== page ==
Thanks Dutch. I didn't do any kneading at all, and was really pleased with the texture of the dough. It was much better than what I had done previously by hand.

Next time I'll knead it a bit after processing to see if I can continue to improve it!
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  #98  
Old 05-12-2008, 09:27 PM
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Default Re: Perfect Pizza Dough by Weight

Last night, I again used a 100% bread flour pizza dough that was hydrated way beyond my normal experience. I used Reinhart's recipe for Pizza Napolitana. The stuff was incredibly sticky, but when dusted with flour, handled like a dream. Really easy to stretch and shape.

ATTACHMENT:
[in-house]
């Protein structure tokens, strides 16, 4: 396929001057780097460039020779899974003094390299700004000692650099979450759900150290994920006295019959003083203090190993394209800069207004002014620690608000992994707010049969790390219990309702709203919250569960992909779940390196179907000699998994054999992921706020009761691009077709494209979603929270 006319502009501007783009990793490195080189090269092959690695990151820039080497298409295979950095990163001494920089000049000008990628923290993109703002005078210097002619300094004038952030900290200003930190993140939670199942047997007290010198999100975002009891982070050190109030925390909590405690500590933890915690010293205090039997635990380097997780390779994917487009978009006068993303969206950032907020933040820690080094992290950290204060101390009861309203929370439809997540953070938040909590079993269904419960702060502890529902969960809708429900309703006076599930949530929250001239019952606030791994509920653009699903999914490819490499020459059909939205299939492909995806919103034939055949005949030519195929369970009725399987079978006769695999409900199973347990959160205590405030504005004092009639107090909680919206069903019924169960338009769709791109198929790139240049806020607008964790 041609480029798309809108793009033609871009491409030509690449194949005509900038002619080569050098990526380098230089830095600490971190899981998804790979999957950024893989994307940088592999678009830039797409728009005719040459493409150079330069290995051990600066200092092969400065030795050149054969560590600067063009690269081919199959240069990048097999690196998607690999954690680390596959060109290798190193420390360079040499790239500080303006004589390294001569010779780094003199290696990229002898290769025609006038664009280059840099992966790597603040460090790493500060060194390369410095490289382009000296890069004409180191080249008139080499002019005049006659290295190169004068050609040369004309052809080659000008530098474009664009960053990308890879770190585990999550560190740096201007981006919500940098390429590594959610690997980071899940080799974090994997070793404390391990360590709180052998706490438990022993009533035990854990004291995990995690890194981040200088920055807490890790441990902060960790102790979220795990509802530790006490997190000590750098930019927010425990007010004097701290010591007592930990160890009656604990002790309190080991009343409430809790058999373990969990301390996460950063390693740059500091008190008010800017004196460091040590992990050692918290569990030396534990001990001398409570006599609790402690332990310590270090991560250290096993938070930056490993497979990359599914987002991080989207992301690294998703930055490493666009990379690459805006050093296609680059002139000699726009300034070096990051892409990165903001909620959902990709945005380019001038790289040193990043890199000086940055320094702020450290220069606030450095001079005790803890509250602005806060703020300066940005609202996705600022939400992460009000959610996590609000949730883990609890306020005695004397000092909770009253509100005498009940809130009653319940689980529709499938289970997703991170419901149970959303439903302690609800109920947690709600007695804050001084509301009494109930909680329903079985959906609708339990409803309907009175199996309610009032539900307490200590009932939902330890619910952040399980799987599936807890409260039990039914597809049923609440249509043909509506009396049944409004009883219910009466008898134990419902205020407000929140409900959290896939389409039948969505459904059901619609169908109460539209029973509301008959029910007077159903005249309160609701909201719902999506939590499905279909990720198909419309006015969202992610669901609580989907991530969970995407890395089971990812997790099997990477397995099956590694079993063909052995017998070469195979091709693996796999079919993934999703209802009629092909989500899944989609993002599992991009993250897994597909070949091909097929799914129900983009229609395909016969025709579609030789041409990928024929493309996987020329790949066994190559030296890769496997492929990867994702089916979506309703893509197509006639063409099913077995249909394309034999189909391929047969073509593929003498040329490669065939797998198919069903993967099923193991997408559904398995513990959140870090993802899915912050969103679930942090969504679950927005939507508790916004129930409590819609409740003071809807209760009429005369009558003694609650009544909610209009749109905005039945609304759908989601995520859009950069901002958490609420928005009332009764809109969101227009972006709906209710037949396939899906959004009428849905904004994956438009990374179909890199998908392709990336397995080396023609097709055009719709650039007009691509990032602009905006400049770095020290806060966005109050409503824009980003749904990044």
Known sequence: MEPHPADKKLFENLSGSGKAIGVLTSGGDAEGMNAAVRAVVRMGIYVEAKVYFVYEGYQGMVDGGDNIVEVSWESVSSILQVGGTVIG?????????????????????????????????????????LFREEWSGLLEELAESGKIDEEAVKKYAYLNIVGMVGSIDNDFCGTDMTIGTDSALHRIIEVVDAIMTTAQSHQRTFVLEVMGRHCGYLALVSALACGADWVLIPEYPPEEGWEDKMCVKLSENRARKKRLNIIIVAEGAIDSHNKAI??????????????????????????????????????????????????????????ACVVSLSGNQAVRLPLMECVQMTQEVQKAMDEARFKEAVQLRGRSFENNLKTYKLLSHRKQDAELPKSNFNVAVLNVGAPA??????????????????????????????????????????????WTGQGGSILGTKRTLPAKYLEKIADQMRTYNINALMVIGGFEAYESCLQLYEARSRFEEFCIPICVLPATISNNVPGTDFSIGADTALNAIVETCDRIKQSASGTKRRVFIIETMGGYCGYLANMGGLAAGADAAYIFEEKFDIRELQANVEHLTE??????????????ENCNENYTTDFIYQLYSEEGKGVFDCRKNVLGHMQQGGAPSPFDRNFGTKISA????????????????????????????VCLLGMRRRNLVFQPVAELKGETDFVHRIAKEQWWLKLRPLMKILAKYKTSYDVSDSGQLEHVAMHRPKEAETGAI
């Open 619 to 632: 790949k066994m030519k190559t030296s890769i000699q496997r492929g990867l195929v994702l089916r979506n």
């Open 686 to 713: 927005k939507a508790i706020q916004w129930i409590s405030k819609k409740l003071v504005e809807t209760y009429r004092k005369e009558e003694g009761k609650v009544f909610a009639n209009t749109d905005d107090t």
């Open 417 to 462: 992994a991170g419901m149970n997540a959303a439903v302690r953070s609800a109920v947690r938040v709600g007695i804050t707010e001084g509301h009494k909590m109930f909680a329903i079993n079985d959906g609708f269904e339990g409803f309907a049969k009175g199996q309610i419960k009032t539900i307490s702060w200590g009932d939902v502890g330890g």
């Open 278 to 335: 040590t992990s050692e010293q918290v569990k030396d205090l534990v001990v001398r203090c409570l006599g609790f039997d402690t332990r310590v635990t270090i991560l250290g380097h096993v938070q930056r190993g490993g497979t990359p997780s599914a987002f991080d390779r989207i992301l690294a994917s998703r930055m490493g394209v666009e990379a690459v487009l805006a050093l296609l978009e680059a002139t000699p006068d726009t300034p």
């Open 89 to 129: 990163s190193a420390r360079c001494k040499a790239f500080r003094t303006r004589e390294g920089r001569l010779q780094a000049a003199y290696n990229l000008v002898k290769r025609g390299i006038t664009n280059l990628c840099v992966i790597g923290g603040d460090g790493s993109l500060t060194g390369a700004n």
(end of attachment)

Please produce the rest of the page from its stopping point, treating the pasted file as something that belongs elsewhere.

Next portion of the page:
I'm going back to Caputo for a comparison next time.
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  #99  
Old 05-15-2008, 04:31 AM
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Default Re: Perfect Pizza Dough by Weight

Just tried Jame's dough recipe (though only used ~1-2g salt). worked great, lots of elasticity and the dough was really easy to handle too!
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  #100  
Old 10-09-2008, 06:06 AM
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Default Re: Perfect Pizza Dough by Weight

Hi folks I have been using the FB Caputo recipe for making pizza for the last 2 weeks using Devela Tipo 00 and/or Molino Pizzuti Pizza flour. My experiences with both have been similar. I use fresh yeast from a local bakery so instead of 3 gr of active yeast I have been using 8 gr of fresh.